In 2005, iPod ads were everyone in the subway. Today, bleeding headphones have become ubiquitous. (Photo by flickr user t_a_i_s)
I found myself on Monday evening awaiting a downtown 4 train on the IRT platform at Union Square. As the downtown 6 pulled out and an express idled on the uptown tracks, it was loud. The automated PA voice kept warning me to stand back from the moving platform; the downtown trains screeched around the sharp curve into the station; and the heated system on the idling uptown express hummed.
It is little wonder then that the noisiest spot in New York City is at a subway station. According to a recent study by Hear the World, the noisiest spot in the city with trains roaring by is the B/D/F/V stop at 42nd St./Bryant Park. The noise levels reach 93 decibels at the subway system’s 18th busiest stop.
According to hearing experts, that level of screech is enough to cause permanent hearing damage, and Craig Kasper, a Columbia doctor who works with Hear the World, urged people to be mindful of the noise. “Once you reach anything over 85 decibels, you are really at risk,” he said. “If you hear a loud noise, just put fingers in your ears.”
Outside of Bryant Park, subways in general were the fourth most noisiest part of New York City, behind the West Side Highway and the bus lanes on 42nd St. east of Fifth Ave. A typical subway ride exposes a straphanger to 80 decibels of sound. Although the new R160s are designed to reduce noise levels both as trains ride the rails and as they brake, there’s only so much engineering can accomplish, and sounds are aplenty underground.
Interestingly, this survey seems to reduce the noise levels found this summer when one group warned of 100+ decibel exposure at some subway stations. Those built around curves are the loudest as trains make more noises braking through twisted sections of track. If only we could go back in time to fix those errors of original engineering over 100 years ago.
Noise on the subways, meanwhile, is not a new phenomenon. As Bill Bahng Boyer, one of my guest columnists over the summer, explained in August, New Yorkers have been complaining about the noise since October 29, 1904, one day after the IRT opened for business. What is a new problem however is headphone bleed. Have you tried to take a relatively silent ride lately? It’s impossible.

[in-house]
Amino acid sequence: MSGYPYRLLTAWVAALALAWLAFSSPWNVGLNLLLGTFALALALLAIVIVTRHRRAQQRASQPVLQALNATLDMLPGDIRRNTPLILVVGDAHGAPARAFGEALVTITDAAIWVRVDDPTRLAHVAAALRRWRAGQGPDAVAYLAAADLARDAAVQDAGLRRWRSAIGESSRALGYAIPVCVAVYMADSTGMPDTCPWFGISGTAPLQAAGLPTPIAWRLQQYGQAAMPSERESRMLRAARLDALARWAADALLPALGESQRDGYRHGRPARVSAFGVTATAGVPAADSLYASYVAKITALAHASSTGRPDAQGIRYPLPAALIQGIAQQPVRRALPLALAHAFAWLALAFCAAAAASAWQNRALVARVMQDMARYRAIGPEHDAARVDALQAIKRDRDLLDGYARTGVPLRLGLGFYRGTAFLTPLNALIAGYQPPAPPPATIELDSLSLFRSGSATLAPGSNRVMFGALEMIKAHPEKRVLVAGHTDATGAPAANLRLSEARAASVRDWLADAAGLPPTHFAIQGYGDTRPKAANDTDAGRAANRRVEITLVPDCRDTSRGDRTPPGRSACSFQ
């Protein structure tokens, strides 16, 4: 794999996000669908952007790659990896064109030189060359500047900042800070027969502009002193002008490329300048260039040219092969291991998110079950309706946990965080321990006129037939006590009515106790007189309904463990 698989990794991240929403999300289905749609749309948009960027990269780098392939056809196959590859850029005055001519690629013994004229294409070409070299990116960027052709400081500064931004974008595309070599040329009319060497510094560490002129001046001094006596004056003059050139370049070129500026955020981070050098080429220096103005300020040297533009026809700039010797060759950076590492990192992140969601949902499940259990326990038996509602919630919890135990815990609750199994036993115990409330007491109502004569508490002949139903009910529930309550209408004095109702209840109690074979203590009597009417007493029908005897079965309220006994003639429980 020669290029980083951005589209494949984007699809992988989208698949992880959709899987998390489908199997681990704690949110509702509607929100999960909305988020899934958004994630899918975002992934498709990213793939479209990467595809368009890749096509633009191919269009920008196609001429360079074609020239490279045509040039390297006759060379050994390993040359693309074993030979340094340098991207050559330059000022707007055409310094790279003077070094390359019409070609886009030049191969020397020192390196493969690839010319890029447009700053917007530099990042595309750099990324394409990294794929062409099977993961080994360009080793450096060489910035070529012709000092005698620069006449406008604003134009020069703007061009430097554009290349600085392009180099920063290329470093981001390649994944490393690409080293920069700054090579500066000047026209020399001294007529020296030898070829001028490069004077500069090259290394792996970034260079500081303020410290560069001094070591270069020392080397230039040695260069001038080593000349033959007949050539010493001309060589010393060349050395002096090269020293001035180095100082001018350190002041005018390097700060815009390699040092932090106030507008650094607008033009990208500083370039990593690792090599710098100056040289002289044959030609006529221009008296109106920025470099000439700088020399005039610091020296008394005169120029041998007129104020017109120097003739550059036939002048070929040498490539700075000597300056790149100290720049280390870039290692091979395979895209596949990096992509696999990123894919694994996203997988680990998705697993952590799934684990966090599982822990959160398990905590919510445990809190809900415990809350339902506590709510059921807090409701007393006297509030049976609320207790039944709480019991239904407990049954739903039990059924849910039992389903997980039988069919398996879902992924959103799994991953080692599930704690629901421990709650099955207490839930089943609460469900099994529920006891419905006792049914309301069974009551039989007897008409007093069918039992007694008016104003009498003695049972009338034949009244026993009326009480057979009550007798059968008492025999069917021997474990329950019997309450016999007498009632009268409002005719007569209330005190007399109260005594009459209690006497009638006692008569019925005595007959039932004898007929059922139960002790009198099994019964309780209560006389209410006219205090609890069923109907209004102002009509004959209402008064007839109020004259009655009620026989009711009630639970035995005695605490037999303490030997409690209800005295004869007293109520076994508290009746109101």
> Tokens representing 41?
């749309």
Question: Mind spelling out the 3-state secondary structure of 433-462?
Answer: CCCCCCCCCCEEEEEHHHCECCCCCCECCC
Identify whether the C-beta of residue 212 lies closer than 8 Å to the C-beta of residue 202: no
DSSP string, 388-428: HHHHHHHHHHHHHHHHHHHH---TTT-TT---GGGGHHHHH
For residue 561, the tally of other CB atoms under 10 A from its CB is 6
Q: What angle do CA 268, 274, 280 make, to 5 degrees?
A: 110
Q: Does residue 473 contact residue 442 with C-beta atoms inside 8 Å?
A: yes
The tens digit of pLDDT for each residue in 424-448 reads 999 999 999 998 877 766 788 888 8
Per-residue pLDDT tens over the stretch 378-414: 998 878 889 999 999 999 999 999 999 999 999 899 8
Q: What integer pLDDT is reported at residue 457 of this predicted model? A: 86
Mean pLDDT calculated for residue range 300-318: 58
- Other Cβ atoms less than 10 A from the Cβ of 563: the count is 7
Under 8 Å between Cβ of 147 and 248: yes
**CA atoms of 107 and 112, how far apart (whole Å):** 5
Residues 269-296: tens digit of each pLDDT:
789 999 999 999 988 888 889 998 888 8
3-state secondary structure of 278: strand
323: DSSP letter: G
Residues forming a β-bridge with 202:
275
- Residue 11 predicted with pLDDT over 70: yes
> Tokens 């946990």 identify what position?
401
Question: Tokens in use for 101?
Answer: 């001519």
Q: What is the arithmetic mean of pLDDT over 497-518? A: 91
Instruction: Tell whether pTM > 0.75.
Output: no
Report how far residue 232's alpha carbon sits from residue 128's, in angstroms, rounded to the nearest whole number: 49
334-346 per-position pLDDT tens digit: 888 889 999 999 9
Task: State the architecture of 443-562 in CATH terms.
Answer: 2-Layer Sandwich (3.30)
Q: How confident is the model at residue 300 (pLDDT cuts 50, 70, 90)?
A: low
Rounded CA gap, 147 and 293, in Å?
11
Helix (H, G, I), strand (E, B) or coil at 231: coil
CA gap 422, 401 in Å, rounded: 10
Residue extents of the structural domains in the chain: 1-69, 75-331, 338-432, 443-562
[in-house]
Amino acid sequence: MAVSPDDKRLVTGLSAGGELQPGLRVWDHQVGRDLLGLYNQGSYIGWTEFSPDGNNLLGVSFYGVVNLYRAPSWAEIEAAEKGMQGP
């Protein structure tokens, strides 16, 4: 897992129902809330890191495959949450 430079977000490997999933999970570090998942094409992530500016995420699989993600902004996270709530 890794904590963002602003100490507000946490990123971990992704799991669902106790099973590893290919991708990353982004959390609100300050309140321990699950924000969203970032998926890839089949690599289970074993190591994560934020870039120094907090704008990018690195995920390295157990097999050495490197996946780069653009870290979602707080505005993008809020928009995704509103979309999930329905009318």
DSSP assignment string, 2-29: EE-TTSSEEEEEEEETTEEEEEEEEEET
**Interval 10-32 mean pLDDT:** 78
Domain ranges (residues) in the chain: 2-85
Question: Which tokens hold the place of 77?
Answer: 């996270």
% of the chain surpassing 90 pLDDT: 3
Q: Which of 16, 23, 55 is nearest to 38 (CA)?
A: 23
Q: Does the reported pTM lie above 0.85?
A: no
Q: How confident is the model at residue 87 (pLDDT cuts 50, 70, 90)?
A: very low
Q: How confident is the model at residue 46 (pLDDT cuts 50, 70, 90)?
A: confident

Once upon a time, boom boxes were the scourge of New York City subway riders. Those with their noises in magazines would dread the arrival of a gang of youths with a loud radio on for all to hear. It was the ultimate in obtrusive noise pollution, and eventually the combination of a crackdown and the onset of personal audio devices saw boom boxes become a relic of another era.
Today, though, we are subjected to subpar headphone earbuds. Brought about by the iPod revolution, nearly everyone is now satisfied with tinny headphones that leak sound all over the place. Some riders listen at volumes that are death to the ears, and nothing is worse than hearing the strains of something from 15 away in a a half-empty subway cars. Others simply don’t know how bad their headphones are. One day, I imagine, New York City may see an increase in the number of people suffering hearing damage, and the iPod earbuds will be to blame.
For now, we should be mindful of the noise. Obviously, the subways are noisy, and those sounds can impact our life. We tend to tune out the sounds of metal-on-metal, the sounds of air conditioner drones, the screech of brakes. But it’s there, hurting our ears decibel after decibel.